The main opposition SJB in a statement on the disaster involving the Mv X-press Pearl condemned the irreversible damage caused to the environment due to negligence by the authorities.

Dr Dan Malika Gunasekera of the SJB Policy group, emphasized the opposition party’sdismay over the unprecedented marine pollution caused to the coastal belt and its waters.

The excerpts of the statement are as follows:

Once again the maritime waters of Sri Lanka suffered unprecedented environmental damage, with MV X-Press Pearl, a vessel carrying 1486 containers including 81 tanks of Dangerous Cargo such as Nitric Acid, Ethanol, Sulfuric Acid and the like going into flames in the early hours of 21st May 2021.

This is less than a year since MT New Diamond caught fire within the exclusive economic zone of Sri Lanka off the Eastern border. That too caused huge environmental damage by crude oil carried on board that vessel. That was to be the second-largest oil spill in the world had it discharged the total quantum of cargo that was on board.


With Sri Lanka recovering only an extremely modest cost for the joint exercise conducted by Sri Lankan and Indian naval authorities, with compensation for the pollution damage amounting to a total sum of Sri Lankan Rupees 442 million, and the fine against the Master of the vessel MT New Diamond accounting for another 12 million Sri Lanka Rupees as the penalty, the episode only ended arousing national attention on how best we could avoid such debacles for the future.


This time, the incident came to be reported within the jurisdictional area of the Port of Colombo.

The chemical substances, as well as the dispersants used to douse the fire onboard the MV XPress Pearl, caused enormous environmental damage to the maritime zones of Sri Lanka stretching along the coastal belt from around Payagala in the South, to up to the Negombo beach including the bays and lagoons.

While the total quantum of damage and loss is yet unknown, natural fauna and flora in the maritime waters are said to have faced a severe impact leading to what could be called a ‘dead environment’, with the vessel owners now declaring to their insurers a constructive total loss to the ship.


Amidst the statement made by the Government of Sri Lanka in respect of the compensation received on the earlier occasion, proper utilization of funds so received have not been tabled in Parliament.

This raises doubts as to how they have been used for futuristic measures. Had the Sri Lankan Government utilized those funds to better prepare for a future incident of the present nature with the acquisition of technical capabilities and apparatus needed by maritime authorities, we could have acted effectively to minimize the damages caused by the current debacle.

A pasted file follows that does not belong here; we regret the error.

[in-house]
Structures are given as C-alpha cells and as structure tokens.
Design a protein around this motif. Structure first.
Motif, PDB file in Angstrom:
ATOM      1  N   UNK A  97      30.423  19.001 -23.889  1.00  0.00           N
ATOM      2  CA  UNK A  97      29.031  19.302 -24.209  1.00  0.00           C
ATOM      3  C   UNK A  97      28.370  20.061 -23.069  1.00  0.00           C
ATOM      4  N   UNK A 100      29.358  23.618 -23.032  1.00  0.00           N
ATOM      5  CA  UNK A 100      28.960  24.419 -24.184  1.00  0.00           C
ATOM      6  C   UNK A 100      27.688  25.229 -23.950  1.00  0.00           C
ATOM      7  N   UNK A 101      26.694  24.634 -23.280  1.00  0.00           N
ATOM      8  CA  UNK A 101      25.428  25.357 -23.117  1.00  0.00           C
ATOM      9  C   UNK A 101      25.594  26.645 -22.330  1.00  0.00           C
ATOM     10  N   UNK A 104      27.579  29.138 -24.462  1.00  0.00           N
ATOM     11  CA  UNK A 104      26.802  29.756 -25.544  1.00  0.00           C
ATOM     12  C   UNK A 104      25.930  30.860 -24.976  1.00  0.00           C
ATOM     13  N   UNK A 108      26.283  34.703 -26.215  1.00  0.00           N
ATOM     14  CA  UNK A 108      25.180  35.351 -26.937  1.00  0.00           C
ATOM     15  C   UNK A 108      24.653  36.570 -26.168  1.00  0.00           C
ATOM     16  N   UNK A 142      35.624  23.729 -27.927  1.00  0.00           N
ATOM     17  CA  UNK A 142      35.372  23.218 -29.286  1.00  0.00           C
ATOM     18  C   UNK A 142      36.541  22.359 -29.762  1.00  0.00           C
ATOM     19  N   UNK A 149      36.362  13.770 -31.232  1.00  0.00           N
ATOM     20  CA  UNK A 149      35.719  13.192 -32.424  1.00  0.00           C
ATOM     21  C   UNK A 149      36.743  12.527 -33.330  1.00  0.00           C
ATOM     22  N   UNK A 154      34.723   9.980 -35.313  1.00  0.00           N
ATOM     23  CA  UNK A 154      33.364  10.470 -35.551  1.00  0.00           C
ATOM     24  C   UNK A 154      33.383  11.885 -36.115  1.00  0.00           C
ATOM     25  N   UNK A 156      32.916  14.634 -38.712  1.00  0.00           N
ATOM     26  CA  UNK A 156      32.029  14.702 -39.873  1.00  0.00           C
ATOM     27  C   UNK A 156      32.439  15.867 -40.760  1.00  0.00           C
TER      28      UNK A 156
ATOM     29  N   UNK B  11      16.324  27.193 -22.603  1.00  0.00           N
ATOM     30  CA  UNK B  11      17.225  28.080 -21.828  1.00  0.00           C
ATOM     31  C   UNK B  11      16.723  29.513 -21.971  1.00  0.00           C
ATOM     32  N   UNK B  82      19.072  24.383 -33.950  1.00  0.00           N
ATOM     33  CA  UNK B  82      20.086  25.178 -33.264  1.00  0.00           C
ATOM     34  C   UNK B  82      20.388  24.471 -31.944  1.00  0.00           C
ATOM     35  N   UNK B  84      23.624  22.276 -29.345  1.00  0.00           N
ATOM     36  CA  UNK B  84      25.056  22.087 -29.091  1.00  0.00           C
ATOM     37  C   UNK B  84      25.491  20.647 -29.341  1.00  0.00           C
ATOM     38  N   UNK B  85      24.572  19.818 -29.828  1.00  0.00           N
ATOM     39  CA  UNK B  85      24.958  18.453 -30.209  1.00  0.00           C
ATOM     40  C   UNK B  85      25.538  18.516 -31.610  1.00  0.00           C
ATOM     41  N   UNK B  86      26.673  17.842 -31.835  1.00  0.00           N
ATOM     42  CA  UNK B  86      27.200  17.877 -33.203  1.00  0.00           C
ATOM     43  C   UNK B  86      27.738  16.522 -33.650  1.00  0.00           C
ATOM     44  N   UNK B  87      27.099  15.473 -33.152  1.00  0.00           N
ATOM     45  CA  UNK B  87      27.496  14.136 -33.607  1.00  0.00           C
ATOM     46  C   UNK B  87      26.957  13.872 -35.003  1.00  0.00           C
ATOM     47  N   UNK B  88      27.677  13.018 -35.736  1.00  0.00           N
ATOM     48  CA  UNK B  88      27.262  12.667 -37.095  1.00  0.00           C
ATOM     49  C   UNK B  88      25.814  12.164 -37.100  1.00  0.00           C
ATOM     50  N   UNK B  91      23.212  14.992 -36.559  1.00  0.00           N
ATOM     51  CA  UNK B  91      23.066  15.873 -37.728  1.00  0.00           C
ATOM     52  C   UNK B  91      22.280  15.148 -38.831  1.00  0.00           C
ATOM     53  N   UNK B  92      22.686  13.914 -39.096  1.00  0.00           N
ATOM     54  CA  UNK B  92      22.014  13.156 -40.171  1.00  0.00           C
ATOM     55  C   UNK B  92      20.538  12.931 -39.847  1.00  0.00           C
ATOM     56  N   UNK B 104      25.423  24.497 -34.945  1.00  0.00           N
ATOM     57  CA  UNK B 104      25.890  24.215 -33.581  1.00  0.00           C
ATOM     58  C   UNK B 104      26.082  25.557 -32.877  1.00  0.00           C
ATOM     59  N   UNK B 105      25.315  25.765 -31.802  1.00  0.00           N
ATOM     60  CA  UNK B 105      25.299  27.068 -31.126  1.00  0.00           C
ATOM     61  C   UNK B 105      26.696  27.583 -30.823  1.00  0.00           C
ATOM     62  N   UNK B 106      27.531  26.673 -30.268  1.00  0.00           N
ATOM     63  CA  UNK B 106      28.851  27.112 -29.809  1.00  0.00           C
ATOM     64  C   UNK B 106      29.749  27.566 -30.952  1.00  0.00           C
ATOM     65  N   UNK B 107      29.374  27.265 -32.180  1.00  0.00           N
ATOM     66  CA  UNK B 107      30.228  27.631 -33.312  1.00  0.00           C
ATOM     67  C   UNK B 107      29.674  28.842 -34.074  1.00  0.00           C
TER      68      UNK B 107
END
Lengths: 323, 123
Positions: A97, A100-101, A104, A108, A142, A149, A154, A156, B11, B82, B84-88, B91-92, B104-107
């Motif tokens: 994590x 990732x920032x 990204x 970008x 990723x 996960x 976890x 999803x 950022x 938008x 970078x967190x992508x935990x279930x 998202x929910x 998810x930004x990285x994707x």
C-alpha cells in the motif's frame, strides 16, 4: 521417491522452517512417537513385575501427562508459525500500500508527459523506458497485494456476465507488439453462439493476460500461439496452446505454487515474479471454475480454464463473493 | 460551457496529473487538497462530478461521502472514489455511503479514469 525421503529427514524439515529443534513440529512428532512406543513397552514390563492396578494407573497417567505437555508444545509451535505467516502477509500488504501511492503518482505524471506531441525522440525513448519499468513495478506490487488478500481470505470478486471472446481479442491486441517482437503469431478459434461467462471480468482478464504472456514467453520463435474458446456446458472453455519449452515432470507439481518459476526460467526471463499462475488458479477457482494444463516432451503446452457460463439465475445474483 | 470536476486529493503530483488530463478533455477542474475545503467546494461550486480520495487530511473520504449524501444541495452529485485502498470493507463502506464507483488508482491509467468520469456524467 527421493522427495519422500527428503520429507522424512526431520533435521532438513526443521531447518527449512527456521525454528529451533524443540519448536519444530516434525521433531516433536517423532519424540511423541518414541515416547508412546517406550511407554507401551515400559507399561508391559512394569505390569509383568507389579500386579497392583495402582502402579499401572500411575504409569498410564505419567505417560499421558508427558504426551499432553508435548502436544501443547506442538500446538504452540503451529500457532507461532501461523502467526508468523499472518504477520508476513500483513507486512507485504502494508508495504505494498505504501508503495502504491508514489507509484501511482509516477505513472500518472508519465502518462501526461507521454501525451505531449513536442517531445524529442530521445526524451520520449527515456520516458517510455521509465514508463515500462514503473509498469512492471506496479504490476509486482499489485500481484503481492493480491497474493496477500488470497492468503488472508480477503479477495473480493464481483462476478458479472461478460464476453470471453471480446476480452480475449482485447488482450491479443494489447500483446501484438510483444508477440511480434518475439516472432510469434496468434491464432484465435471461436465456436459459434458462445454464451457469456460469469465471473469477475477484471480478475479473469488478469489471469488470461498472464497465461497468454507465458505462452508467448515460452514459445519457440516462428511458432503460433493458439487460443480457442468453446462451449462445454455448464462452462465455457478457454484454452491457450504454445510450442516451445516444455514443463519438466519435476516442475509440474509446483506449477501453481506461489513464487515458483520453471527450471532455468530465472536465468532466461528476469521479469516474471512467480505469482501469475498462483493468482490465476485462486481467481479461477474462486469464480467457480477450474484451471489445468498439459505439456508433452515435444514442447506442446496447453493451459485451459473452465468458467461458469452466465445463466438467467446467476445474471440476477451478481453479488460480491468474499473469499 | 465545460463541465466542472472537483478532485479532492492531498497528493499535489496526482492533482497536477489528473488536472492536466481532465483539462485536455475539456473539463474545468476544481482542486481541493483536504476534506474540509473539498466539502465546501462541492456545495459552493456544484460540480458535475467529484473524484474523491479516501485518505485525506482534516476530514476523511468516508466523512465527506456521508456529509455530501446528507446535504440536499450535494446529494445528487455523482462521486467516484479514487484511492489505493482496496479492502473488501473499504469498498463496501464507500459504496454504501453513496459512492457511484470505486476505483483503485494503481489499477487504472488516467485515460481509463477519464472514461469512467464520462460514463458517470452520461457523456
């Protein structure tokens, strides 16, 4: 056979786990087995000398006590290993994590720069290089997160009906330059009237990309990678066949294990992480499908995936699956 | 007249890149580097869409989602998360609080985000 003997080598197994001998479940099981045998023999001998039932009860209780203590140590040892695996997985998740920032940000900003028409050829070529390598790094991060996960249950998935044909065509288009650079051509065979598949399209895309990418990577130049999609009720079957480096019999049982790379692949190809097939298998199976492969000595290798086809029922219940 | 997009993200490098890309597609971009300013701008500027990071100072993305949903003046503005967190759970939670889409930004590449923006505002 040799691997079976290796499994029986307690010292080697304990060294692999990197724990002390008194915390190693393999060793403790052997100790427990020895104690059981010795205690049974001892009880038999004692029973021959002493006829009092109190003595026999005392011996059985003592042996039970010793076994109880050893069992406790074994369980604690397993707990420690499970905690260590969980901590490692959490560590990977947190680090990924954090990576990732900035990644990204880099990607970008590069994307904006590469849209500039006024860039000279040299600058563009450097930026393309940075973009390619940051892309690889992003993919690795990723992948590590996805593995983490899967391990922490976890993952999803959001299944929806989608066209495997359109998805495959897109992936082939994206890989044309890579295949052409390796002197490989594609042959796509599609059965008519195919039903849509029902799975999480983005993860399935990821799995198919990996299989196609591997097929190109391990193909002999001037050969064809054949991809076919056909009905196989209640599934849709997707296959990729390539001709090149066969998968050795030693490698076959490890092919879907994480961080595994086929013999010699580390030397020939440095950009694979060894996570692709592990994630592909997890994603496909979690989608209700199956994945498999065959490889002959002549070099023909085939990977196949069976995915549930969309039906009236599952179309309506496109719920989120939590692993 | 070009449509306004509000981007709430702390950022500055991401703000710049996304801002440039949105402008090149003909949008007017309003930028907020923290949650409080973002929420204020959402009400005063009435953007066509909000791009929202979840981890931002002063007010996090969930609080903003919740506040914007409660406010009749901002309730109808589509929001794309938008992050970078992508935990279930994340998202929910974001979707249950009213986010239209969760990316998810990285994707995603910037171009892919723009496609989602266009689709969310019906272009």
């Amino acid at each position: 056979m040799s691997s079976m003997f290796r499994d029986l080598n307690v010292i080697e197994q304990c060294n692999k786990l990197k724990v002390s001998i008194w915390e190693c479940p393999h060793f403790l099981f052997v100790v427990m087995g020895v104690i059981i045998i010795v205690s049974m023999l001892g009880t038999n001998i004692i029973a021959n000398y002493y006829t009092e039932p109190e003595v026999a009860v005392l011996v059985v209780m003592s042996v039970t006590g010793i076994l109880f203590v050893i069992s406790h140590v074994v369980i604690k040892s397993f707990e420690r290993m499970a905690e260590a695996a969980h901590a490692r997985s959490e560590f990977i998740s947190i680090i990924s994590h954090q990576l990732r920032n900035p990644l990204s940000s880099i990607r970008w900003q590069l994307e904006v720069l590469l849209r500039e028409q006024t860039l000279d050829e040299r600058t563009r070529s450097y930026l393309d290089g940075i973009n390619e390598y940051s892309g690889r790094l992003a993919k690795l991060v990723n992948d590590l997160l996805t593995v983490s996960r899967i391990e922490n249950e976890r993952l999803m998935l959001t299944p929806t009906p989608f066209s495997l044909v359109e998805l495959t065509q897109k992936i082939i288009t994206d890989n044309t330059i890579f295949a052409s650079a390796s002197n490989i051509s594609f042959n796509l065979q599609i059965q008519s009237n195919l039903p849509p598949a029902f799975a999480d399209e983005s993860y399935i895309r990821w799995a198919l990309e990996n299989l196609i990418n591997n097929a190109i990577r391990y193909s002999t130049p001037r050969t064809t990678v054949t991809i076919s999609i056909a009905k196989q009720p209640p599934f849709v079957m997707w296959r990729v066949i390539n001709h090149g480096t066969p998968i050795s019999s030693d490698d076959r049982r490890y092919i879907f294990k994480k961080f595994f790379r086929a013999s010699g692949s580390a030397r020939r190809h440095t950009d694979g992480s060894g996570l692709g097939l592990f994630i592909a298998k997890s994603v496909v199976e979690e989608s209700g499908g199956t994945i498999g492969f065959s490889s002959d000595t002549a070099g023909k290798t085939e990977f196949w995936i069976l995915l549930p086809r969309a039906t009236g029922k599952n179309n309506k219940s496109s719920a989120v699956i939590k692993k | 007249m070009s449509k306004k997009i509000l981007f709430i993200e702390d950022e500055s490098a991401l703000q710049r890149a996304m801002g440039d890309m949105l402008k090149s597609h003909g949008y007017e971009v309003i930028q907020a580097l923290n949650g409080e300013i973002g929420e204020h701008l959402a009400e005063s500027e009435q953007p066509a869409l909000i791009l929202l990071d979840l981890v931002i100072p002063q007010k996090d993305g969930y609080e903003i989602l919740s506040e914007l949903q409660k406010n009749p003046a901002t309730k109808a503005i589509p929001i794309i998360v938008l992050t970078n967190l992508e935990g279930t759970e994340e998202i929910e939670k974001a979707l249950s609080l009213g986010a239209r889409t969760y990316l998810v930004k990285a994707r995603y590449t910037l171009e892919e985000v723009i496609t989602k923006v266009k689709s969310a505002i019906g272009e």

The Marine Pollution Prevention Act No 35 of 2008 being the only legal instrument by which liability could be imposed upon the polluter is indeed outdated and does not aptly cover scenarios of this nature.

However, section 23 provides many teeth in requiring every ship that enters the territorial waters of Sri Lanka to be fitted with such equipment for the prevention of the discharge of oil, harmful substances or any other pollutant.


Section 24 enables to take such urgent and immediate measures in respect of the ship or its cargo or any oil on board the ship as may be necessary to prevent, mitigate, or eliminate such pollution or the threat of such pollution.

It is in that context many doubts arise as to the failure of port and coastal State controllers of the country in failing to prevent the present maritime disaster, letting a huge catastrophe occur at the expense of the rich marine resources covering the entire country that accounts for trillions of rupees if not US Dollars in a developing economy like Sri Lanka.

The present marine environment damage and expected loss would be so enormous that money cannot substitute for the already destroyed bio-diversity surrounding Sri Lanka, the pearl of the Indian Ocean.

Section 34 of the Marine Pollution Prevention Act does not provide the necessary teeth in imposing civil liability upon the polluter’s vessel. Hence the absence of national legislation to combat marine pollutions of this nature become extreme setbacks not only in the process of obtaining compensation but also in the reinstatement of the devastated bio-diversity of the waters and the nearby environment.


Sri Lanka has neglected the ratification of some important international legal instruments to keep pace with the developments of the shipping industry, and this was highlighted as an audit finding during the last audit conducted by the International Maritime Organization.

While these are grave and unpardonable blunders, the country has not been able to incorporate the International Conventions relating to Hazardous and Noxious Substances of 1996 or its amendment, and the Bunker Oil 2001, into its local legal regime.

The government has also failed to obtain the expertise we already possess in the country. The present administration has failed to proactively take measures in establishing a sound legal domain while calling ourselves the ‘maritime hub’ of the region.


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